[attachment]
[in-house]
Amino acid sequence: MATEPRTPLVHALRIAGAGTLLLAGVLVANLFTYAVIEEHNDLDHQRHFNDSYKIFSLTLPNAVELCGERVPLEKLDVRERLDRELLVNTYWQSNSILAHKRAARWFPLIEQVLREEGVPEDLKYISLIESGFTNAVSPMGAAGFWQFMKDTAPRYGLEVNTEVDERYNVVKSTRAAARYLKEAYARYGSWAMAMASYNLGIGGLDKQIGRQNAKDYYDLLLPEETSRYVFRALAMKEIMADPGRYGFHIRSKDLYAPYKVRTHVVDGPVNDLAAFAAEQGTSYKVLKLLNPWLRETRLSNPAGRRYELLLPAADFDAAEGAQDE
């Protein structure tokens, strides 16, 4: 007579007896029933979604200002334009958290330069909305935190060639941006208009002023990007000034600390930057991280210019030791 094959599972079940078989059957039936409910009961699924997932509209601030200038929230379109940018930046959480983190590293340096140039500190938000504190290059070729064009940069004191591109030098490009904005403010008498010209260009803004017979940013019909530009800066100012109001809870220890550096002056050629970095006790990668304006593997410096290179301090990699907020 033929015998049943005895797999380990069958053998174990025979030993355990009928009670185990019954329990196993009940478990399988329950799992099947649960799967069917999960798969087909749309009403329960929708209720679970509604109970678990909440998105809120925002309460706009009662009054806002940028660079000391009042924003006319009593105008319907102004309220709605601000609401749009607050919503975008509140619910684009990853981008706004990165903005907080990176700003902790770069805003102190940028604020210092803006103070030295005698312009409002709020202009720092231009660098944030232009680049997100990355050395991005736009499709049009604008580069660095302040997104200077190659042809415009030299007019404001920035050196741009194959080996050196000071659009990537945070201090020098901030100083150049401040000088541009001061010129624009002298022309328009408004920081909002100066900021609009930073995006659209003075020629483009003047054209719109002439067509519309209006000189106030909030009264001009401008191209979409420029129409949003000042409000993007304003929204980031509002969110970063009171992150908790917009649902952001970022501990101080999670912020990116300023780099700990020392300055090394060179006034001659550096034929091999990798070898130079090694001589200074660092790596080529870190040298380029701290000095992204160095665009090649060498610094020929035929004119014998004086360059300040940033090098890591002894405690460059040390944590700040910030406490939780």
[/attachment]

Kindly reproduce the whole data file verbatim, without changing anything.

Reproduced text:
[in-house]
Amino acid sequence: MATEPRTPLVHALRIAGAGTLLLAGVLVANLFTYAVIEEHNDLDHQRHFNDSYKIFSLTLPNAVELCGERVPLEKLDVRERLDRELLVNTYWQSNSILAHKRAARWFPLIEQVLREEGVPEDLKYISLIESGFTNAVSPMGAAGFWQFMKDTAPRYGLEVNTEVDERYNVVKSTRAAARYLKEAYARYGSWAMAMASYNLGIGGLDKQIGRQNAKDYYDLLLPEETSRYVFRALAMKEIMADPGRYGFHIRSKDLYAPYKVRTHVVDGPVNDLAAFAAEQGTSYKVLKLLNPWLRETRLSNPAGRRYELLLPAADFDAAEGAQDE
């Protein structure tokens, strides 16, 4: 007579007896029933979604200002334009958290330069909305935190060639941006208009002023990007000034600390930057991280210019030791 094959599972079940078989059957039936409910009961699924997932509209601030200038929230379109940018930046959480983190590293340096140039500190938000504190290059070729064009940069004191591109030098490009904005403010008498010209260009803004017979940013019909530009800066100012109001809870220890550096002056050629970095006790990668304006593997410096290179301090990699907020 033929015998049943005895797999380990069958053998174990025979030993355990009928009670185990019954329990196993009940478990399988329950799992099947649960799967069917999960798969087909749309009403329960929708209720679970509604109970678990909440998105809120925002309460706009009662009054806002940028660079000391009042924003006319009593105008319907102004309220709605601000609401749009607050919503975008509140619910684009990853981008706004990165903005907080990176700003902790770069805003102190940028604020210092803006103070030295005698312009409002709020202009720092231009660098944030232009680049997100990355050395991005736009499709049009604008580069660095302040997104200077190659042809415009030299007019404001920035050196741009194959080996050196000071659009990537945070201090020098901030100083150049401040000088541009001061010129624009002298022309328009408004920081909002100066900021609009930073995006659209003075020629483009003047054209719109002439067509519309209006000189106030909030009264001009401008191209979409420029129409949003000042409000993007304003929204980031509002969110970063009171992150908790917009649902952001970022501990101080999670912020990116300023780099700990020392300055090394060179006034001659550096034929091999990798070898130079090694001589200074660092790596080529870190040298380029701290000095992204160095665009090649060498610094020929035929004119014998004086360059300040940033090098890591002894405690460059040390944590700040910030406490939780």